The Document Foundation – LibreOffice 3.3 review

The open-source future of OpenOffice
Photo of The Document Foundation – LibreOffice 3.3

To talk about the new release of a open-source productivity suite LibreOffice, it’s necessary to talk a bit of corporate politics. For the path to LibreOffice was opened back when Oracle bought up Sun. Sun had been the surrogate parent of OpenOffice, having given it commercial support and stepped back to allow the open-source office suite to flourish. However, Oracle’s track record when it comes to open source isn’t quite as strong. Eventually, the moment arrived when some of the leading players behind OpenOffice decided to take a different direction.

Because OpenOffice was and is open source, the new LibreOffice team – known as The Document Foundation – could take away its own copy of the code, and start to develop the product itself. And that’s what has happened: Oracle still has OpenOffice, and still owns the brand name, but it’ll be following a slightly different path from LibreOffice.

What’s new in LibreOffice?
Given that the LibreOffice project is in its infancy, it’s hardly surprising that LibreOffice 3.3 is very similar to OpenOffice. It looks, feels, and works pretty much the same way. It’s also free of charge, featuring tools for word processing, spreadsheets, presentations, drawing, databases and calculating formulae.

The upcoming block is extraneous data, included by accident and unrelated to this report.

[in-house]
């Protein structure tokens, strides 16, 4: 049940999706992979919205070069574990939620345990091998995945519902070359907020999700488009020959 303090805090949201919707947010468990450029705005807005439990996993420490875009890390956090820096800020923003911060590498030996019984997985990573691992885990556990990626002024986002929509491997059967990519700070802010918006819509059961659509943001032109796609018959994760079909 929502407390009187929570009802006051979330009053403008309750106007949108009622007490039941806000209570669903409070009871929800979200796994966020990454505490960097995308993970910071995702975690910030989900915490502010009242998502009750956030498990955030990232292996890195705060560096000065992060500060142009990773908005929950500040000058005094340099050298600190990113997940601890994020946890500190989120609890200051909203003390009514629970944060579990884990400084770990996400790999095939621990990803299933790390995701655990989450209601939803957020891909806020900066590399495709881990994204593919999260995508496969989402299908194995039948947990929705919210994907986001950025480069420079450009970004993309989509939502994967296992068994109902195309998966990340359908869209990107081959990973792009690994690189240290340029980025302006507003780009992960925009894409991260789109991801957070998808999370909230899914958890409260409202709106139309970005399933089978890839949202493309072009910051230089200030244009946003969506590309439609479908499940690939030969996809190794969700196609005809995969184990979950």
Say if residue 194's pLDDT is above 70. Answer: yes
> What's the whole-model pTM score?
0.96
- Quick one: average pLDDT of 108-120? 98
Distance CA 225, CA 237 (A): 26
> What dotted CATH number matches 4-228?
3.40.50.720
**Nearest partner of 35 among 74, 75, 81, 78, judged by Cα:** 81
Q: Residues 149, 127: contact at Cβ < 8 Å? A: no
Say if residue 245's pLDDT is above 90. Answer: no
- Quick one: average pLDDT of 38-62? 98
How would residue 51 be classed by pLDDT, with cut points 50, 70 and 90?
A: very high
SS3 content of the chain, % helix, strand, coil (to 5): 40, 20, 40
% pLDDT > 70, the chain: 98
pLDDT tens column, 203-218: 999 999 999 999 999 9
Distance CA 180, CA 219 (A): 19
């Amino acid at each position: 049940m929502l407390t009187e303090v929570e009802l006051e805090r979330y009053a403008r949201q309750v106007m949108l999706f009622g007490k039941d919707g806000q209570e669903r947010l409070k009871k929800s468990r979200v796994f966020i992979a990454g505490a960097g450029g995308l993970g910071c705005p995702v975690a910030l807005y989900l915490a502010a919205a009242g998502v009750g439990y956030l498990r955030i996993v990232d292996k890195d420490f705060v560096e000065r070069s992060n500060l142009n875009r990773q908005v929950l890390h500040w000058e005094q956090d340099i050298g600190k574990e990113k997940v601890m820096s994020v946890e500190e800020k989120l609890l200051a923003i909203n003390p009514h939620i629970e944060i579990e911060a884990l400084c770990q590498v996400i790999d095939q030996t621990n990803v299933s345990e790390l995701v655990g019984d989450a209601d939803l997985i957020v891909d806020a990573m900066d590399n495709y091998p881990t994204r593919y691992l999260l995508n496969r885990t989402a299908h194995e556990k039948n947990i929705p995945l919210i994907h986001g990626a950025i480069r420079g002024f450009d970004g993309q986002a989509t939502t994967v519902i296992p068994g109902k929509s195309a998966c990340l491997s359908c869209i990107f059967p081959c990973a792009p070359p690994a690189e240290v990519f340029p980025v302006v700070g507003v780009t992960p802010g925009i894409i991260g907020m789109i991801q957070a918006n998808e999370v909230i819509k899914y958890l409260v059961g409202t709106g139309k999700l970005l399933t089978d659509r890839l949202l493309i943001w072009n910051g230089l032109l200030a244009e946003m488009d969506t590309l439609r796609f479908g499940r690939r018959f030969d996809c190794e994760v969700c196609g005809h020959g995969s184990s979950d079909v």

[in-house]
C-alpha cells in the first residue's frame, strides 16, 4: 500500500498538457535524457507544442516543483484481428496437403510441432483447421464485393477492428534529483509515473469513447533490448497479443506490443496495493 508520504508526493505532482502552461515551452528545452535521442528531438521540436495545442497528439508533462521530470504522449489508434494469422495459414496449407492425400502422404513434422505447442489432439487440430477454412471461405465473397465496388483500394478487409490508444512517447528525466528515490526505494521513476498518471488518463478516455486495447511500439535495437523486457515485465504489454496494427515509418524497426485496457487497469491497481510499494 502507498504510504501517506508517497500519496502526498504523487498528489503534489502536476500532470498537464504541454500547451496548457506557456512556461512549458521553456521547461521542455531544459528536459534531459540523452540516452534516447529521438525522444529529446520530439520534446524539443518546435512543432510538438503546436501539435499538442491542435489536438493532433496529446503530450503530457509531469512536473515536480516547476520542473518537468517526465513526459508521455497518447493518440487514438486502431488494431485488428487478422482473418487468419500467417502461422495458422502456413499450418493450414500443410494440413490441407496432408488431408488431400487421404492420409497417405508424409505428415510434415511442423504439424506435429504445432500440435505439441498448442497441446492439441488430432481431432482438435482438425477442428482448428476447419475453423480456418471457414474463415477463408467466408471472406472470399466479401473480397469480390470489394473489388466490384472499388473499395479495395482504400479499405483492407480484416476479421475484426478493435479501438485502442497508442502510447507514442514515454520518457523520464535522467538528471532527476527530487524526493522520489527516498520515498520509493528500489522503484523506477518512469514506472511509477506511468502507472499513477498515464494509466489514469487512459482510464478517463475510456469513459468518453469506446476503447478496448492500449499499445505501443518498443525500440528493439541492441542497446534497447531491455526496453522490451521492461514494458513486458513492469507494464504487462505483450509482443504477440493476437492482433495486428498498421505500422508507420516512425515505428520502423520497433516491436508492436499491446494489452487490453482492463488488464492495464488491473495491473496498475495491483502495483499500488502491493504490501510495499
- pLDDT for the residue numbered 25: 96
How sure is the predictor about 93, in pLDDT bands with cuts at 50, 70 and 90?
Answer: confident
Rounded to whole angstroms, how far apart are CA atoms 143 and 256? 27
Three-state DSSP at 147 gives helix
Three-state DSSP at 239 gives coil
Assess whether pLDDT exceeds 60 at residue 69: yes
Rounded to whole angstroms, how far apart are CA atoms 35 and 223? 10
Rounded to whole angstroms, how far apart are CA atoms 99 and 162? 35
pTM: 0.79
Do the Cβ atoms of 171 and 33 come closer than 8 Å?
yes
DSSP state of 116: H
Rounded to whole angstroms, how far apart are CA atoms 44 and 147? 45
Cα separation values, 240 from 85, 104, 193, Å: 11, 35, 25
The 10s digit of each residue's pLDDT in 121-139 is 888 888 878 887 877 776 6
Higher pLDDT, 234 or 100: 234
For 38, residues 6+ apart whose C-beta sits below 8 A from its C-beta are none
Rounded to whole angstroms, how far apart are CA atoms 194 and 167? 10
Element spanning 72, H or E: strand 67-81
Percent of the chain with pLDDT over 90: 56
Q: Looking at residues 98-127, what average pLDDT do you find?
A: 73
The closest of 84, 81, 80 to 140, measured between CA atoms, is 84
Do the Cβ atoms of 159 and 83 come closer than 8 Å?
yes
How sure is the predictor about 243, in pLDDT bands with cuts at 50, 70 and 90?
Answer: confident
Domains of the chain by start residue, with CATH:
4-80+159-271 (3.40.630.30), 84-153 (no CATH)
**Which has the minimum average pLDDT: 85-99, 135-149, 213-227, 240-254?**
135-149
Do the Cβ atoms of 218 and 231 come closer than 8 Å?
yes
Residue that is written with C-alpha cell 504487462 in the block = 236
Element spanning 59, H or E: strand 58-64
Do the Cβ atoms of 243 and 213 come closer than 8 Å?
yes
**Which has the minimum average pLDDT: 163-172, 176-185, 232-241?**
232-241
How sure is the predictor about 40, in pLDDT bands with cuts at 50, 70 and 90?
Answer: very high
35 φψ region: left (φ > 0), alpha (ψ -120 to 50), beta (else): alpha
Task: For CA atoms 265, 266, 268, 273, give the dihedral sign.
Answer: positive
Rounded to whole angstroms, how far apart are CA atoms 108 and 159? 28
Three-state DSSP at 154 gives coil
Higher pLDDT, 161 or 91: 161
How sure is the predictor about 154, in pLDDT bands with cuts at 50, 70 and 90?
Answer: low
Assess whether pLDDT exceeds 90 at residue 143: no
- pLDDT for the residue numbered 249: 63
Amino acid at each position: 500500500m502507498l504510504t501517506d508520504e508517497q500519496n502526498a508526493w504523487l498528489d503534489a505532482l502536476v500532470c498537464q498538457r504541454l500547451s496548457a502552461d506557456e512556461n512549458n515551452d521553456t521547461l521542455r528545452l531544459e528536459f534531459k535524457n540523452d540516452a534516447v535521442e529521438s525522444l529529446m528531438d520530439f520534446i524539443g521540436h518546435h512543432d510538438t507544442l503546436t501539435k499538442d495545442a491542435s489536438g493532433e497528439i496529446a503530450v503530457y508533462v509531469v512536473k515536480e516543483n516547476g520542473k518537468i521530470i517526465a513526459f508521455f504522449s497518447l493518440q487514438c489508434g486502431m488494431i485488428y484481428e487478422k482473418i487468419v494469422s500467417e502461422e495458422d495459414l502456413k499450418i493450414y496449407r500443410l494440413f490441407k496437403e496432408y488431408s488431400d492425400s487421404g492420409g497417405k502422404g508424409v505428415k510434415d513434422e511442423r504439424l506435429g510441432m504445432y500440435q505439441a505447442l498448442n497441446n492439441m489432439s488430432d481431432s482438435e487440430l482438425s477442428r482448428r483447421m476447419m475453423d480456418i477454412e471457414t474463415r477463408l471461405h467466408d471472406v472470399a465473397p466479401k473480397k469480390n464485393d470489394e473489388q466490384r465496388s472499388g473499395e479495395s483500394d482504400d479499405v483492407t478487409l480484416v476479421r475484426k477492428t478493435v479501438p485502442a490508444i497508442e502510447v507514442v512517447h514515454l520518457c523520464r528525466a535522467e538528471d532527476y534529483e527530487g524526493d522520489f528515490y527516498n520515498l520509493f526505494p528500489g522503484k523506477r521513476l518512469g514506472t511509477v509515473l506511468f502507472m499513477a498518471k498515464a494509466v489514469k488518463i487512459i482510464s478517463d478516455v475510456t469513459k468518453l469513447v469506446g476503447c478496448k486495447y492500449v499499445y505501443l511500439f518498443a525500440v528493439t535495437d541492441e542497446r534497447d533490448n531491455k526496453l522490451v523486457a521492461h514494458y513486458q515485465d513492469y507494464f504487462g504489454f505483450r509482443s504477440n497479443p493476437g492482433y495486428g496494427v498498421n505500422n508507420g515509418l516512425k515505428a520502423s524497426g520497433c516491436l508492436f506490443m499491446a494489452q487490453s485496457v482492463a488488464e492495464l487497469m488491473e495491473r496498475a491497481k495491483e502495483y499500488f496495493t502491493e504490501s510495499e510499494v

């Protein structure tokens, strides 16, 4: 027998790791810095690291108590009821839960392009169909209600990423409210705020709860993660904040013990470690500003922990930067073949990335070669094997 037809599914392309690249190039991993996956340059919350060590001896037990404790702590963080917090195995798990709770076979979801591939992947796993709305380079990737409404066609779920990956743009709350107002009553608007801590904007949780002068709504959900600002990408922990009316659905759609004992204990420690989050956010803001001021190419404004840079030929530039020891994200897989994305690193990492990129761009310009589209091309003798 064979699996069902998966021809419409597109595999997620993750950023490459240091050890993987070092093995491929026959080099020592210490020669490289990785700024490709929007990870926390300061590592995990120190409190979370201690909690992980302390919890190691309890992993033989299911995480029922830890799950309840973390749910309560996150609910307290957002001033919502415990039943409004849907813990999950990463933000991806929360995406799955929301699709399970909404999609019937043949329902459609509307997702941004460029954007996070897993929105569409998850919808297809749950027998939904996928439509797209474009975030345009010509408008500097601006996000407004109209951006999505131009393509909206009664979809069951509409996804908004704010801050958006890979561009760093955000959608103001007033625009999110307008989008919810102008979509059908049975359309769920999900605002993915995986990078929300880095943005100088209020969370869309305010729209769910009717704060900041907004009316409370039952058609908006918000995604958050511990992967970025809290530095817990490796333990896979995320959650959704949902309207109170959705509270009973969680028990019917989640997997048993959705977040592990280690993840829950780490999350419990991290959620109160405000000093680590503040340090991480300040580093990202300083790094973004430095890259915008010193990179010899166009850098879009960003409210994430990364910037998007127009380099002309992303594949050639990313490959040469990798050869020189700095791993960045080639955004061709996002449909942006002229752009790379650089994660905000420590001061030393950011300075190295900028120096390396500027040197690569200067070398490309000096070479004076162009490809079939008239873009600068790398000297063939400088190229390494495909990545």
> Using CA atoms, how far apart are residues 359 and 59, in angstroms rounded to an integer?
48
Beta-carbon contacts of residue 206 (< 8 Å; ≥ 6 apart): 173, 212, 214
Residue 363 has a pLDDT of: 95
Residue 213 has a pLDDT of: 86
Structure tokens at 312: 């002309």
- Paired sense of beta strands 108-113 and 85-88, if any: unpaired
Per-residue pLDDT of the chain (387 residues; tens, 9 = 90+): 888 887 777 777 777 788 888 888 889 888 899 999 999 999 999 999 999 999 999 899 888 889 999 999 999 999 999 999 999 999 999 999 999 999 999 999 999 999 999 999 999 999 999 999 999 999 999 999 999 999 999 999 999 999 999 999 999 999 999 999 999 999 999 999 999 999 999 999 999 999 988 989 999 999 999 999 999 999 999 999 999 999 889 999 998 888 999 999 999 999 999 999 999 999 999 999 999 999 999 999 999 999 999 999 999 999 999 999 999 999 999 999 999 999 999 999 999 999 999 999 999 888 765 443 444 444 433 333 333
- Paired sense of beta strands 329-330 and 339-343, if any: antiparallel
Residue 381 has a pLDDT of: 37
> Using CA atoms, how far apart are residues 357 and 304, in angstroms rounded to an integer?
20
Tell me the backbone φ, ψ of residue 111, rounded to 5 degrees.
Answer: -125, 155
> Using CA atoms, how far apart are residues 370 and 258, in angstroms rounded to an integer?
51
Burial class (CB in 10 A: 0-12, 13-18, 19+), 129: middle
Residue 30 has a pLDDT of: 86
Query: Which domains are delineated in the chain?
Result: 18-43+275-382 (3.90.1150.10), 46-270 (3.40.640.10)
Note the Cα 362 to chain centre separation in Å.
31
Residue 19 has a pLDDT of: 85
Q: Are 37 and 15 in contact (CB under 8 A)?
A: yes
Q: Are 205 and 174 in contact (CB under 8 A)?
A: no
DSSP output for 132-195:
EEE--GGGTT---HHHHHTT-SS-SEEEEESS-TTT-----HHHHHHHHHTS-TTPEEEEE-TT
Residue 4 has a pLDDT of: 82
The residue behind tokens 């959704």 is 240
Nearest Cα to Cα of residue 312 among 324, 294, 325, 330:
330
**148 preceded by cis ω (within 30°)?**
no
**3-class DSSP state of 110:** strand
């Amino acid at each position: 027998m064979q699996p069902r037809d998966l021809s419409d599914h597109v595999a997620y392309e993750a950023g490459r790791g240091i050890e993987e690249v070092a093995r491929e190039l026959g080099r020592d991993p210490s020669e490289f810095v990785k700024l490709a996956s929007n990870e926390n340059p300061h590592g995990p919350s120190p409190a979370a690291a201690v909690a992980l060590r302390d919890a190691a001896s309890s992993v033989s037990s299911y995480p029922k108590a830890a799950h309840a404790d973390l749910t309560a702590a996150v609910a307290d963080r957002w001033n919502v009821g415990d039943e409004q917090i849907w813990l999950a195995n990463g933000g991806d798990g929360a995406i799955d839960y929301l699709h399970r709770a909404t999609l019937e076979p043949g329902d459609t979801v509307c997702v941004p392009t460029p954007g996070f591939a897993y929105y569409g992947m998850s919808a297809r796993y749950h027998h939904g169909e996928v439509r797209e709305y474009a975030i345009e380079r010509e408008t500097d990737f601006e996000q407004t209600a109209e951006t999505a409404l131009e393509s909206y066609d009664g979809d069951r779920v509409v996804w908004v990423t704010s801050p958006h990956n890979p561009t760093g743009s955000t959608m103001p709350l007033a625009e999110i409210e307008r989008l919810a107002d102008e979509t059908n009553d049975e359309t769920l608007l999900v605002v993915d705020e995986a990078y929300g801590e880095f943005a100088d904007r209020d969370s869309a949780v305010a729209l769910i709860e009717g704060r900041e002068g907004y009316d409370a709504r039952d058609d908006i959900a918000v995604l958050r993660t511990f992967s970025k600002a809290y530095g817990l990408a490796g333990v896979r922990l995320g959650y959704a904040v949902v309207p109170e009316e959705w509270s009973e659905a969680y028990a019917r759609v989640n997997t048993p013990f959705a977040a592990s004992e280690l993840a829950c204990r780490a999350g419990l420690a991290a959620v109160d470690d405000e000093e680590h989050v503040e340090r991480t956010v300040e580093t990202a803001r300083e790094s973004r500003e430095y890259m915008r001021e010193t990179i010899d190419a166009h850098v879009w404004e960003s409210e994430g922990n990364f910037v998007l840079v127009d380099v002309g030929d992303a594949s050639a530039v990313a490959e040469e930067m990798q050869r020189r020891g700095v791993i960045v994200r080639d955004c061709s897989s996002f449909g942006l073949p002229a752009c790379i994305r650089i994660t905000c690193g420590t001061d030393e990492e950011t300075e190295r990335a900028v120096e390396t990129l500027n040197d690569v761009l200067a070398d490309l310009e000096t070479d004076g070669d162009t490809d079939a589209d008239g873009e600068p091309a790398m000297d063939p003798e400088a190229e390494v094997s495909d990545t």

Open up any one of those tools, and you really do have to look closely to find what’s changed. That’s not to the detriment of the software, though. LibreOffice 3.3 offers a very strong and tempting alternative to Microsoft Office. Aside from the significant cost saving available to those opting for the free LibreOffice, there’s also the feeling that 80 per cent of users will be more than comfortable with the feature base that it offers. It does everything that most people need – and the word processing and spreadsheet applications in particular are very strong.

Slight improvements have been made to format compatibility, with better support for the likes of SVG files, Microsoft Works documents, and XML. It’s nothing radical, but it’s these – along with added little bits of polish – that are the only distinguishing factors about the suite.

What the future holds
In the years ahead, it’s inevitable that the paths of OpenOffice and LibreOffice will diverge. For now, it’s more compelling choice betweem the two is an ideological, rather than a practical, one. Do you want the version of the world’s most popular free office suite that’s overseen by a big corporate, or by a group of volunteers? Because that’s at the crux, right now, of the OpenOffice vs Libre Office decision. Whichever version you go for, it won’t be quite the equivalent of Microsoft Office – but they’ve closed the gap right down, and we suspect Microsoft knows it.

As things stand, for no money whatsoever, LibreOffice is a terrific bargain, and a project that’s well worth keeping an eye on.

Company: The Document Foundation

It might have broken away from OpenOffice, but LibreOffice hasn't yet established a true identity of its own. That's not a criticism, though - and it's something that will come in time. For now, it's a good office suite, at the best possible price: free!